Genus Chelydra

Schweigger, 1814
Snapping turtles

Turtles in the genus Chelydra have massive, rounded, strongly posteriorly serrated carapaces with three low keels composed of knobs located well behind the centers of the scutes, large heads, and long tails. With age these keels become less conspicuous and old individuals often have smooth shells. Vertebral scutes are broader than long, and the 5th is laterally expanded. The cervical scute is short and broad. Beneath the vertebrals is a series of eight quadrilateral or hexagonal neurals, and two suprapygals. Costals are laterally reduced, leaving fontanelles between them and the 11 peripheral bones on each side. Submarginal scutes are normally absent, but there are 24 marginals. The bridge is small and the plastron reduced, giving a cruciform appearance. The entoplastron is T-shaped, and a medial fontanelle is present. The abdominal scutes are confined to the bridge, do not usually meet at the midline, and are separated from the marginal scutes by two or three inframarginals. The plastral formula of all species is: an >< hum > pect > fem > gul > abd. The head is large with a blunt to acute, slightly to protruding snout, a slightly hooked upper jaw, and large dorsolateral orbits (the eyes can readily be seen from above). There is little emargination of the temporal region of the skull; the squamosal bone contacts the long postorbital but not the parietal. The maxilla does not touch the quadratojugal; the quadrate completely encloses the stapes. The prootic bone forms a portion of the roof of the internal carotid canal. No secondary palate is present, and there is a strongly developed medial ridge in the ventral surface of the vomer. There are no dermal projections on the side of the head, but there are chin barbels and dermal tubercles on the neck. Both temporal region and back of the head are covered with large, flat, overlapping scales. The powerful jaws are often pigmented with dark bars; no medial ridge occurs on the premaxilla or maxilla. The tongue lacks a wormlike process. Skin is brown, olive, gray or black with some yellow, white or pinkish flecks. Lateral rows of tail tubercles are much less conspicuous than the median row, so that there appears to be only one sawtoothed row; the lower surface of the tail is covered with flat scales. Toes are webbed, and each foot has strong claws.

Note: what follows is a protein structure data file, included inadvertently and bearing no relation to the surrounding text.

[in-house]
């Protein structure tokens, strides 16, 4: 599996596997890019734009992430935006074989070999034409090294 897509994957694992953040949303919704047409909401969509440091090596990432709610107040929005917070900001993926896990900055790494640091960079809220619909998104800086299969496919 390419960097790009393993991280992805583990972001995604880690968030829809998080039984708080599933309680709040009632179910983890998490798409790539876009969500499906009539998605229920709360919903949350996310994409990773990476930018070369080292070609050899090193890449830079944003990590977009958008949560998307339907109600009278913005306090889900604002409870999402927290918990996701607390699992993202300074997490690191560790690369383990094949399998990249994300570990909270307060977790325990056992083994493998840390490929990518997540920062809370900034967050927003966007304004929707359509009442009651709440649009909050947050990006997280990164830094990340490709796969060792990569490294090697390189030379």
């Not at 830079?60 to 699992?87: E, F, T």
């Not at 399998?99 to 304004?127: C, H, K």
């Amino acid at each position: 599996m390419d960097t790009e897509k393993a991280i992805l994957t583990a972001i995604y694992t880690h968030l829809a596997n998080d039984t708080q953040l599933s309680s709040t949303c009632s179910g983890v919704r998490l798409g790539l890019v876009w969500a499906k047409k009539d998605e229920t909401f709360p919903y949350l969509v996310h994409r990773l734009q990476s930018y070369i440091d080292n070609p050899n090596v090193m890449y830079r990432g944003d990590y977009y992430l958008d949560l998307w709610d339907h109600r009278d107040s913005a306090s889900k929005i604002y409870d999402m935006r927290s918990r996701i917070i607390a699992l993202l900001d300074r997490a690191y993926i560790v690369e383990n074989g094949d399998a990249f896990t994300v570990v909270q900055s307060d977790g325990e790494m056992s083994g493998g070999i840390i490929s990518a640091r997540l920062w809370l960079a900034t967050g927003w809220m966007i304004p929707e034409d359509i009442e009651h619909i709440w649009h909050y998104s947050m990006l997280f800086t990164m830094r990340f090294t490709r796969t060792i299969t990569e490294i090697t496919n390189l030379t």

Males grow larger and have longer preanal tail lengths commonly over 120% of length of posterior plastral lobe; that of females is usually under 110%. The male vent is usually posterior to the carapace rim.

Phillips et al. (1996) studied the mitochondrial DNA of Chelydra from throughout the range, and demonstrated that enough differences occur to recognize three species: C. serpentina (Linnaeus, 1758); C. rossignonii (Bocourt, 1868), and C. acutirostris Peters, 1862. Formerly, the latter two were considered subspecies of the C. serpentina (Medem, 1977; Gibbons et al., 1988; Ernst et al., 1994).

Species identification
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